That great "revolutionary" thinker Arne Duncan, set the stage back in '09, when he discredited all colleges of education, labeling them as "mediocre" and calling for "revolutionary change—not evolutionary tinkering."
Now the National Council on Teacher Quality has taken Duncan's cue and has come out with what it's calling "the first comprehensive review" of university-based teacher ed programs, which it labels as "an industry of mediocrity," that churns out teachers ill-prepared to work in elementary and high-school classrooms.
But a look at who's running NCTQ should raise flags about the political intent of the study and who such degrading language really serves. A brief scan of the board of directors and advisers brings up a host of names associated with current corporate-style "reform" efforts, ownership-society politics and privately-run charter schools, with the likes of Chester Finn, Joel Klein, Wendy Kopp, Eric Hanushek, and Michael Feinberg on board. Bankrolling the study are some of the major anti-teacher, pro-privatization foundations, like the William Penn Foundation, Broad, Dell, Kaiser, Anschutz, Bradley and on and on.
If Kopp's 5-week-wonder program at Teach For America is the standard-setter, it's no wonder that 99% fail to meet it. And that's a good thing, in my book. The broad-brush debasement of nearly all of the country's colleges of education opens the door for the new cottage industry of so-called alternative certification programs like TFA and those currently flourishing in Texas.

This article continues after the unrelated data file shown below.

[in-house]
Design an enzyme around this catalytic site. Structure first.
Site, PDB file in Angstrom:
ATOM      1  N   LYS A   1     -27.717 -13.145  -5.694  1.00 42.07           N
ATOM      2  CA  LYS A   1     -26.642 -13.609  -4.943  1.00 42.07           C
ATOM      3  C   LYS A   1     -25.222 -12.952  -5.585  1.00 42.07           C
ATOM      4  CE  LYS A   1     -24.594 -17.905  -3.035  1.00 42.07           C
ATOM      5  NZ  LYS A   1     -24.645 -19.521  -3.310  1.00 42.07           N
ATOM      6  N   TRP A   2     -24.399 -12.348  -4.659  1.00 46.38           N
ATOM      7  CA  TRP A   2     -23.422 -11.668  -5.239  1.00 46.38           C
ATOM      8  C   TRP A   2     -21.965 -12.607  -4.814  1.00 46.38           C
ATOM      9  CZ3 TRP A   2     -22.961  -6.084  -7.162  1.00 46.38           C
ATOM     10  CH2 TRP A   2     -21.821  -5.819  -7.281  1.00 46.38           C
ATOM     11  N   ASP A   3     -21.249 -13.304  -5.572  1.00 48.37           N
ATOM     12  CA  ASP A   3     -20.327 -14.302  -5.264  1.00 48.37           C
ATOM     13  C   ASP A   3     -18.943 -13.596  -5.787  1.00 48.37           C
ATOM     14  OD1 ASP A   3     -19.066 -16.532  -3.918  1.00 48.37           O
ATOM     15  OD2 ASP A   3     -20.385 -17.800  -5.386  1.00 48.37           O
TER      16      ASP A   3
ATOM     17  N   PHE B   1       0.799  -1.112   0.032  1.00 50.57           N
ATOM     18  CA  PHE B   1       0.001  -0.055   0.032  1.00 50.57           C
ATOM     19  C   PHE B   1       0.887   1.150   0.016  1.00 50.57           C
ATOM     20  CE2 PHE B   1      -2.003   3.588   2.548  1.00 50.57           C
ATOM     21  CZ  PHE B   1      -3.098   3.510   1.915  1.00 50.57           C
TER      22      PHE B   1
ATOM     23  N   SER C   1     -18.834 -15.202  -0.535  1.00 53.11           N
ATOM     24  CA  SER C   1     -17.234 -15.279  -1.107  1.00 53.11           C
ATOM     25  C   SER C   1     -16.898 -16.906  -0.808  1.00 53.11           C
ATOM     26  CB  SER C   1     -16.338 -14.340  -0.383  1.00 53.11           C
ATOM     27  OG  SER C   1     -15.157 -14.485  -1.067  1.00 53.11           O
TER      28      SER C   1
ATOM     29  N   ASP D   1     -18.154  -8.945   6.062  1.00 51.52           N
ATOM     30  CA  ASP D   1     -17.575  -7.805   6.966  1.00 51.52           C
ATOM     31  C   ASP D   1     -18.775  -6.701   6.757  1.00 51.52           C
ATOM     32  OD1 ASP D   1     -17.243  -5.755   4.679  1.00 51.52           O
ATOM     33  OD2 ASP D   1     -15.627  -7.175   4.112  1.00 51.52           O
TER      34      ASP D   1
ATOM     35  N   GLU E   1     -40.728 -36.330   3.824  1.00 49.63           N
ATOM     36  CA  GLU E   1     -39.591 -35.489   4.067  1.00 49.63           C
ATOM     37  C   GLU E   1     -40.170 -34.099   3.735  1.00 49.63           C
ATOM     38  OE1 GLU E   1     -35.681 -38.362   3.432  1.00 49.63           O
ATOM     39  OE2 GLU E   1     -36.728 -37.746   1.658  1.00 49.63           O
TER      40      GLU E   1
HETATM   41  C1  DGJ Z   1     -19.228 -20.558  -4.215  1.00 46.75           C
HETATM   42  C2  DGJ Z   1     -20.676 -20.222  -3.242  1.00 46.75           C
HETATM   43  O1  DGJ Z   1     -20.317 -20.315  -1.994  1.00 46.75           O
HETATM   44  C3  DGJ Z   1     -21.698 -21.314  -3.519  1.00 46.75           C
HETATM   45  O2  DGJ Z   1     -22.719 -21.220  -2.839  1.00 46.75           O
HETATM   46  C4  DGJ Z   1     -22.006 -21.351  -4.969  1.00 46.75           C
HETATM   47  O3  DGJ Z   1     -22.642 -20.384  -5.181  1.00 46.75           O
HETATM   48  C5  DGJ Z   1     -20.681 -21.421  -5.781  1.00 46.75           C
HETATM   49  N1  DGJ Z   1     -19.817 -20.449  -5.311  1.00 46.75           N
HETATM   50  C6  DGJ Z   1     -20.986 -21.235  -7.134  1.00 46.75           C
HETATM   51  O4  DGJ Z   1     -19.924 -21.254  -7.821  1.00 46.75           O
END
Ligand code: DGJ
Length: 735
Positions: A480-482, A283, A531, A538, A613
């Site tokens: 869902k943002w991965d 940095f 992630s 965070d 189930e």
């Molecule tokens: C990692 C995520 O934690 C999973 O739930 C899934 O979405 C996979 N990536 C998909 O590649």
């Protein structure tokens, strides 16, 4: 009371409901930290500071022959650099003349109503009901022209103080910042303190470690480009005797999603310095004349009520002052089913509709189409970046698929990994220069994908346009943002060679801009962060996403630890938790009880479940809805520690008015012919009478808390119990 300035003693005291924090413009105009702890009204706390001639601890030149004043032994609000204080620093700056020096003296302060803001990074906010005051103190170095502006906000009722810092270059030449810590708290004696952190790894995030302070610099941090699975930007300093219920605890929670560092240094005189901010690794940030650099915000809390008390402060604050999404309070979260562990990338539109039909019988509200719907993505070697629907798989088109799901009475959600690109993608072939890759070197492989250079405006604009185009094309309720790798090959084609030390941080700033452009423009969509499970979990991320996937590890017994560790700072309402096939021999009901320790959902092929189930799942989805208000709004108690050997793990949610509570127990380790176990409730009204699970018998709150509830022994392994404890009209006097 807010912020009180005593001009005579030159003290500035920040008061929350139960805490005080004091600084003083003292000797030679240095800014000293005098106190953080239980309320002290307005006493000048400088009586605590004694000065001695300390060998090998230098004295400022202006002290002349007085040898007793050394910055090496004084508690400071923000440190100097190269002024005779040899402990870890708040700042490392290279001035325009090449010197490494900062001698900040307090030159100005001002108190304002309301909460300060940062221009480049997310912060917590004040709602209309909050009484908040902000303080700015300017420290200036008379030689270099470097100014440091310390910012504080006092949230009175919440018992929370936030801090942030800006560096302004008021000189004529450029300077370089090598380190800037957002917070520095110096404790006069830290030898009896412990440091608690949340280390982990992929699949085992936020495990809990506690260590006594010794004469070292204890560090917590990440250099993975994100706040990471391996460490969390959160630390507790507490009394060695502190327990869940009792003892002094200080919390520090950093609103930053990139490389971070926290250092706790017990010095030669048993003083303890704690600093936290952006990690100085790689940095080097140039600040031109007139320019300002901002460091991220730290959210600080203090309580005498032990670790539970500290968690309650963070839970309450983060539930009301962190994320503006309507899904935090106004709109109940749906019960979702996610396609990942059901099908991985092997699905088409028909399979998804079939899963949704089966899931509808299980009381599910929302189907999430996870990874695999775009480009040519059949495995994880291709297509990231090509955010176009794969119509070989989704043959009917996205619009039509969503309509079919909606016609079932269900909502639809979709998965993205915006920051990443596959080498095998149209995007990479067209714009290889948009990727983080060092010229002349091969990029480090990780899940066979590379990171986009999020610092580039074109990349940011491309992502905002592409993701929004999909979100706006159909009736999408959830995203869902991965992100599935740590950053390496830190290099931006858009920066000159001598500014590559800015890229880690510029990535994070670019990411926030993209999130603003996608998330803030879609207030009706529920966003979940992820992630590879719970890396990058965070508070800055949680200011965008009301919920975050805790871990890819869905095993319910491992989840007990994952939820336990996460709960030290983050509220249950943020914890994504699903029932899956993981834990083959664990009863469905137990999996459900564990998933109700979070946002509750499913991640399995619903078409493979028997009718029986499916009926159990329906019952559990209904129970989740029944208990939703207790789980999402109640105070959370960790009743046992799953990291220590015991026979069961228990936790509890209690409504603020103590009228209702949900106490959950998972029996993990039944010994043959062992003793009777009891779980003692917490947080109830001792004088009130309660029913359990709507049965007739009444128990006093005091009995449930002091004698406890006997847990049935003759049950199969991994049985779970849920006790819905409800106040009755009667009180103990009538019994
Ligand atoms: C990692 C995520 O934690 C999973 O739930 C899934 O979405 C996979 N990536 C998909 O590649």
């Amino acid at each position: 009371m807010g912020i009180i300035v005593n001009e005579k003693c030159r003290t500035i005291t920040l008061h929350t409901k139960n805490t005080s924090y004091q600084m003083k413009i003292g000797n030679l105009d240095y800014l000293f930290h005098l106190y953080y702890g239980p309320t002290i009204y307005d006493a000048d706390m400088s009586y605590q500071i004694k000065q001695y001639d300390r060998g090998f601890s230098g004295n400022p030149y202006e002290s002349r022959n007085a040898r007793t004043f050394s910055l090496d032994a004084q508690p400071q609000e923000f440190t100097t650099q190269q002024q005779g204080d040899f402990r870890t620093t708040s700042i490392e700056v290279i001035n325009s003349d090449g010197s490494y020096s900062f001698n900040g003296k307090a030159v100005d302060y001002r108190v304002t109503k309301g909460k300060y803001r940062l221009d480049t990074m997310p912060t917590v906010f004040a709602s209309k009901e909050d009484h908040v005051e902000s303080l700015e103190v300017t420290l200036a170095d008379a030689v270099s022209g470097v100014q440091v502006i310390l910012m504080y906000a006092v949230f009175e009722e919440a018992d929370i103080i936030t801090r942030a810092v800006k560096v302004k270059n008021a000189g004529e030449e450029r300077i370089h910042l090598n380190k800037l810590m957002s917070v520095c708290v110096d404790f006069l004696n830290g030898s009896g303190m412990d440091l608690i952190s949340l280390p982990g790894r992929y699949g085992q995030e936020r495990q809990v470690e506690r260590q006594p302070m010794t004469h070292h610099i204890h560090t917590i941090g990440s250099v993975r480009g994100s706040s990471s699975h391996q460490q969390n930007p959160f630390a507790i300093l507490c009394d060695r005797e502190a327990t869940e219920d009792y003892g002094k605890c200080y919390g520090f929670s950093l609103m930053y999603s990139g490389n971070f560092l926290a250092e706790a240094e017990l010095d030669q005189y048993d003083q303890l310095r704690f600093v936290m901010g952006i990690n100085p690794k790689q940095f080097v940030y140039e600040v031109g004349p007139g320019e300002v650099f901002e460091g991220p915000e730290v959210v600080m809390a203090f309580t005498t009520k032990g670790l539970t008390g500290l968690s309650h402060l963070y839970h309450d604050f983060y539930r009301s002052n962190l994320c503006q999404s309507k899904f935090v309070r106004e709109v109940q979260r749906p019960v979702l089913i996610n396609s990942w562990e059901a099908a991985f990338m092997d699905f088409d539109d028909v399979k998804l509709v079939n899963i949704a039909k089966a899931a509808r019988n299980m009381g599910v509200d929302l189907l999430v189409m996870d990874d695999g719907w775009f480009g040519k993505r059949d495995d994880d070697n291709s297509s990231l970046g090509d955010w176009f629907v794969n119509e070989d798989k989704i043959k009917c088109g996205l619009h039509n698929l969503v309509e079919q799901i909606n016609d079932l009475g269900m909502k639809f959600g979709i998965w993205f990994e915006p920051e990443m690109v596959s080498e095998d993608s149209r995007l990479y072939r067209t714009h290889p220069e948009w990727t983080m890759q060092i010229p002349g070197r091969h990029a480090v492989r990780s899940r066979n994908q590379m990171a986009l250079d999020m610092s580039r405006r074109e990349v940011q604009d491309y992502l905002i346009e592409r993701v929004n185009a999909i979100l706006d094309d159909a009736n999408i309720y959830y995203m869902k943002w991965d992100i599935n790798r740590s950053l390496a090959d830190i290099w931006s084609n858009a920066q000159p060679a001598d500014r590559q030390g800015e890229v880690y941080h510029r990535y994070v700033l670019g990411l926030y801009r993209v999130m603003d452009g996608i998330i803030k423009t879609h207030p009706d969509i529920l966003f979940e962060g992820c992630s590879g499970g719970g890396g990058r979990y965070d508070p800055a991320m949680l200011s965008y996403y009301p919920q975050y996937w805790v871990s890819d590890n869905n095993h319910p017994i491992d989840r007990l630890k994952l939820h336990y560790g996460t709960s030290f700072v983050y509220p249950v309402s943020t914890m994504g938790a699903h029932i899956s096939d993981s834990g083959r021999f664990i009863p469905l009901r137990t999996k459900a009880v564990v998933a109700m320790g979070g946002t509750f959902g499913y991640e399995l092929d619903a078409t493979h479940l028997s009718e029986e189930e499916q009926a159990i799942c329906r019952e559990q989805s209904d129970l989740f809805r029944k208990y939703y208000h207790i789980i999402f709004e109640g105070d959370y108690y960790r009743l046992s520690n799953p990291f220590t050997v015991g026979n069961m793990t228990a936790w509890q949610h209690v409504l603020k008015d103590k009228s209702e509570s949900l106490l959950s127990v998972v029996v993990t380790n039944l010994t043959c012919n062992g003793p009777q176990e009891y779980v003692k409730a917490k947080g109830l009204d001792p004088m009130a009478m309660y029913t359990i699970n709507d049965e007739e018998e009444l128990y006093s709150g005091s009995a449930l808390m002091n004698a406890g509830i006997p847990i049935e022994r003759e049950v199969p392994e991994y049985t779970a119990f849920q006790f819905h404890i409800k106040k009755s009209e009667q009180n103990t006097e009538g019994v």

It's not that I think teacher preparation in this country is all that, or that big improvements couldn't or shouldn't be made to the ones with which I'm familiar. It's just that NCTQ's study focuses mainly on written materials, like course syllabi, rather than considering what the graduates do in the classroom once they become working teachers. It rates colleges of ed with a 1-4 star system, like you might rate a movie or restaurant. The ratings are based upon a simplistic evaluation of syllabi, textbooks and other teaching materials. Only four programs, Vanderbilt, Furman, Ohio State and Lipscomb (a private Christian college in Nashville) in the entire U.S. received four stars.
The study also echoes the unsubstantiated claim that poorly-trained teachers are to blame for poor student performance and ignores the influences of poverty on measurable student achievement. Of course the study offers no explanation for how this same teaching force has produced such high results in the nation's wealthy schools.
Yes, prospective teachers need to spend more time outside the classroom and out in the field (as do all students), coupled with experienced mentors. Yes, teacher preparation programs need to recruit the best and the brightest (I would add, with special emphasis on African-American and Latino candidates). But to attract and sustain these pre-teachers, there must be stronger tuition assistance programs with emphasis on support for urban and rural teachers. Teacher programs must become more community-based (a point ignored by NCTQ). The study calls for more selectivity in admission of students to teacher training programs, and I agree. But "selectivity" now is based on ability to afford skyrocketing tuition. We don't need more of the same.
The NCTQ study, like Duncan's waving the red flag of revolution, is simply a bash job on nearly all colleges of ed. In response, officials from 35 education schools sent a letter to NCTQ prez Kate Walsh, criticizing the study's evaluation tool for some of the same reasons I listed above. Many colleges refused to cooperate with the study, which limited the number of schools the council could rank to fewer than half the roughly 1,450 institutions of higher ed that have teacher training programs.
Hopefully, the study will prompt some real discussion about how best to prepare the nation's teachers. A good start would be dumping the NCTQ study in the circular file and picking up works by Linda Darling-Hammond, Deborah Meier, Sir Ken Robinson, Bill Ayers, Dennis Littky, Elliot Washor, and Pedro Noguera, just to name a few.